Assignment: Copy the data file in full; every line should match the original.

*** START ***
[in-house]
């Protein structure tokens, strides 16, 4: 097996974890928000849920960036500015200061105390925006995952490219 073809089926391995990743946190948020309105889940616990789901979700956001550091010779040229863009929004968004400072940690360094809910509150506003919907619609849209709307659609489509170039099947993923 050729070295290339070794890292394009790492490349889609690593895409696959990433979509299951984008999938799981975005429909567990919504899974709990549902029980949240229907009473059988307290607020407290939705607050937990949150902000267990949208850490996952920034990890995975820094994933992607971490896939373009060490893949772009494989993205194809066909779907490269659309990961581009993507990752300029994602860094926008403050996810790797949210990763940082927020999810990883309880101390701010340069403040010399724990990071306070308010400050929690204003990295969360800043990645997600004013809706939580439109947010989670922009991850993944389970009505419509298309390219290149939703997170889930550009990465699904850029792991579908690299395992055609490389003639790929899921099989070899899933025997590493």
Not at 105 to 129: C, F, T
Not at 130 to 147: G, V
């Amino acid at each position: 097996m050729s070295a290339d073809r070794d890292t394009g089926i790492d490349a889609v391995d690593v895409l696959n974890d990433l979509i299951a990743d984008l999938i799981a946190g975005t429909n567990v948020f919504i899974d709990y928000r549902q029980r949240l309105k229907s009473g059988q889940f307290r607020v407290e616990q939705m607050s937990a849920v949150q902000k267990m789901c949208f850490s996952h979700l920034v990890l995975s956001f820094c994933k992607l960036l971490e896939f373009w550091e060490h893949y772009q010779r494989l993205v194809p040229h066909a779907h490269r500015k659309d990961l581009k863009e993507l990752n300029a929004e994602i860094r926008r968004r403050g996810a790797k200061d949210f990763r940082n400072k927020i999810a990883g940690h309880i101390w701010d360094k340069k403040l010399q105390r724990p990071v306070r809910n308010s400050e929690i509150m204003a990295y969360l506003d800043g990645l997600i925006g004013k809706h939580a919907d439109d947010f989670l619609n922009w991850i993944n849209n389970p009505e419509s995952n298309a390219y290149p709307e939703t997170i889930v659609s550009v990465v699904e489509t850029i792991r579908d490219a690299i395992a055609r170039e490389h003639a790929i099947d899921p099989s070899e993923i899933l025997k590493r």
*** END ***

[in-house]
């Protein structure tokens, strides 16, 4: 097996974890928000849920960036500015200061105390925006995952490219 073809089926391995990743946190948020309105889940616990789901979700956001550091010779040229863009929004968004400072940690360094809910509150506003919907619609849209709307659609489509170039099947993923 050729070295290339070794890292394009790492490349889609690593895409696959990433979509299951984008999938799981975005429909567990919504899974709990549902029980949240229907009473059988307290607020407290939705607050937990949150902000267990949208850490996952920034990890995975820094994933992607971490896939373009060490893949772009494989993205194809066909779907490269659309990961581009993507990752300029994602860094926008403050996810790797949210990763940082927020999810990883309880101390701010340069403040010399724990990071306070308010400050929690204003990295969360800043990645997600004013809706939580439109947010989670922009991850993944389970009505419509298309390219290149939703997170889930550009990465699904850029792991579908690299395992055609490389003639790929899921099989070899899933025997590493």
Not at 105 to 129: C, F, T
Not at 130 to 147: G, V
């Amino acid at each position: 097996m050729s070295a290339d073809r070794d890292t394009g089926i790492d490349a889609v391995d690593v895409l696959n974890d990433l979509i299951a990743d984008l999938i799981a946190g975005t429909n567990v948020f919504i899974d709990y928000r549902q029980r949240l309105k229907s009473g059988q889940f307290r607020v407290e616990q939705m607050s937990a849920v949150q902000k267990m789901c949208f850490s996952h979700l920034v990890l995975s956001f820094c994933k992607l960036l971490e896939f373009w550091e060490h893949y772009q010779r494989l993205v194809p040229h066909a779907h490269r500015k659309d990961l581009k863009e993507l990752n300029a929004e994602i860094r926008r968004r403050g996810a790797k200061d949210f990763r940082n400072k927020i999810a990883g940690h309880i101390w701010d360094k340069k403040l010399q105390r724990p990071v306070r809910n308010s400050e929690i509150m204003a990295y969360l506003d800043g990645l997600i925006g004013k809706h939580a919907d439109d947010f989670l619609n922009w991850i993944n849209n389970p009505e419509s995952n298309a390219y290149p709307e939703t997170i889930v659609s550009v990465v699904e489509t850029i792991r579908d490219a690299i395992a055609r170039e490389h003639a790929i099947d899921p099989s070899e993923i899933l025997k590493r």